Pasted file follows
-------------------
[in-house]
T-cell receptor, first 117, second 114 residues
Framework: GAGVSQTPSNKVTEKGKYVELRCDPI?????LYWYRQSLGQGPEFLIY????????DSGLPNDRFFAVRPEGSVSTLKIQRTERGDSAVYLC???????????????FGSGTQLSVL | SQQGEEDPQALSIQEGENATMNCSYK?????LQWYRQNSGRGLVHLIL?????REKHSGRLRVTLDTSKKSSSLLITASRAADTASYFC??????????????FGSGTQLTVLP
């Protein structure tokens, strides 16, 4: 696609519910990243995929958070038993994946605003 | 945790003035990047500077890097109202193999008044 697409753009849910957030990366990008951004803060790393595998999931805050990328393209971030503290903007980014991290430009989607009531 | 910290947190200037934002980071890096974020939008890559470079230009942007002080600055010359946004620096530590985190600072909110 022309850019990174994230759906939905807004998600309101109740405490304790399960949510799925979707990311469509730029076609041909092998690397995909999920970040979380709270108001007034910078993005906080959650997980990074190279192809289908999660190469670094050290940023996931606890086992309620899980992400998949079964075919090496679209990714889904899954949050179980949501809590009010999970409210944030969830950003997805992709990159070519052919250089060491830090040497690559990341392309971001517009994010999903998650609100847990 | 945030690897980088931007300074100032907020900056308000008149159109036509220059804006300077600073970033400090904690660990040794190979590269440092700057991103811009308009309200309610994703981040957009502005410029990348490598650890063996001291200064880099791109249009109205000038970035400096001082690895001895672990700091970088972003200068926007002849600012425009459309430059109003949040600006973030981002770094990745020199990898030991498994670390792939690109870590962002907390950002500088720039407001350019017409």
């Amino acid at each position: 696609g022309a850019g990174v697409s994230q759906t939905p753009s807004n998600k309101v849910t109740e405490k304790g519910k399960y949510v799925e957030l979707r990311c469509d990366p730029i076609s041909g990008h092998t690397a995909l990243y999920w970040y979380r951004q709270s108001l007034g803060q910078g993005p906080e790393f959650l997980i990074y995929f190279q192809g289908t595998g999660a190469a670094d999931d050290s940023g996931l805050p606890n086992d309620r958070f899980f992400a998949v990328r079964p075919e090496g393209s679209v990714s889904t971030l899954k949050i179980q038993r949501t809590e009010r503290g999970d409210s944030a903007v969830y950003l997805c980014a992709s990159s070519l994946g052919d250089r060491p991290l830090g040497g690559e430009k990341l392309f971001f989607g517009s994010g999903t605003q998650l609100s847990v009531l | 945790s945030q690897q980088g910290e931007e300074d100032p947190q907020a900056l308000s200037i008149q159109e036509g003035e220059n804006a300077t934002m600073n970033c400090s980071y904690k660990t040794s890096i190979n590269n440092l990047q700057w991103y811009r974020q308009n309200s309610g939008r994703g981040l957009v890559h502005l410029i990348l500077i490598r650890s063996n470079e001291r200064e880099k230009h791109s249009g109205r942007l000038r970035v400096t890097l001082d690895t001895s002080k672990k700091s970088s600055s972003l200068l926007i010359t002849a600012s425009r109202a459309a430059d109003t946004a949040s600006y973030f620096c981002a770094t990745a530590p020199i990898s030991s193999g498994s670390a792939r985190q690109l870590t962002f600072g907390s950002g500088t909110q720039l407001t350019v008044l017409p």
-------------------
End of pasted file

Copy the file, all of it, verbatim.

[in-house]
T-cell receptor, first 117, second 114 residues
Framework: GAGVSQTPSNKVTEKGKYVELRCDPI?????LYWYRQSLGQGPEFLIY????????DSGLPNDRFFAVRPEGSVSTLKIQRTERGDSAVYLC???????????????FGSGTQLSVL | SQQGEEDPQALSIQEGENATMNCSYK?????LQWYRQNSGRGLVHLIL?????REKHSGRLRVTLDTSKKSSSLLITASRAADTASYFC??????????????FGSGTQLTVLP
């Protein structure tokens, strides 16, 4: 696609519910990243995929958070038993994946605003 | 945790003035990047500077890097109202193999008044 697409753009849910957030990366990008951004803060790393595998999931805050990328393209971030503290903007980014991290430009989607009531 | 910290947190200037934002980071890096974020939008890559470079230009942007002080600055010359946004620096530590985190600072909110 022309850019990174994230759906939905807004998600309101109740405490304790399960949510799925979707990311469509730029076609041909092998690397995909999920970040979380709270108001007034910078993005906080959650997980990074190279192809289908999660190469670094050290940023996931606890086992309620899980992400998949079964075919090496679209990714889904899954949050179980949501809590009010999970409210944030969830950003997805992709990159070519052919250089060491830090040497690559990341392309971001517009994010999903998650609100847990 | 945030690897980088931007300074100032907020900056308000008149159109036509220059804006300077600073970033400090904690660990040794190979590269440092700057991103811009308009309200309610994703981040957009502005410029990348490598650890063996001291200064880099791109249009109205000038970035400096001082690895001895672990700091970088972003200068926007002849600012425009459309430059109003949040600006973030981002770094990745020199990898030991498994670390792939690109870590962002907390950002500088720039407001350019017409």
């Amino acid at each position: 696609g022309a850019g990174v697409s994230q759906t939905p753009s807004n998600k309101v849910t109740e405490k304790g519910k399960y949510v799925e957030l979707r990311c469509d990366p730029i076609s041909g990008h092998t690397a995909l990243y999920w970040y979380r951004q709270s108001l007034g803060q910078g993005p906080e790393f959650l997980i990074y995929f190279q192809g289908t595998g999660a190469a670094d999931d050290s940023g996931l805050p606890n086992d309620r958070f899980f992400a998949v990328r079964p075919e090496g393209s679209v990714s889904t971030l899954k949050i179980q038993r949501t809590e009010r503290g999970d409210s944030a903007v969830y950003l997805c980014a992709s990159s070519l994946g052919d250089r060491p991290l830090g040497g690559e430009k990341l392309f971001f989607g517009s994010g999903t605003q998650l609100s847990v009531l | 945790s945030q690897q980088g910290e931007e300074d100032p947190q907020a900056l308000s200037i008149q159109e036509g003035e220059n804006a300077t934002m600073n970033c400090s980071y904690k660990t040794s890096i190979n590269n440092l990047q700057w991103y811009r974020q308009n309200s309610g939008r994703g981040l957009v890559h502005l410029i990348l500077i490598r650890s063996n470079e001291r200064e880099k230009h791109s249009g109205r942007l000038r970035v400096t890097l001082d690895t001895s002080k672990k700091s970088s600055s972003l200068l926007i010359t002849a600012s425009r109202a459309a430059d109003t946004a949040s600006y973030f620096c981002a770094t990745a530590p020199i990898s030991s193999g498994s670390a792939r985190q690109l870590t962002f600072g907390s950002g500088t909110q720039l407001t350019v008044l017409p």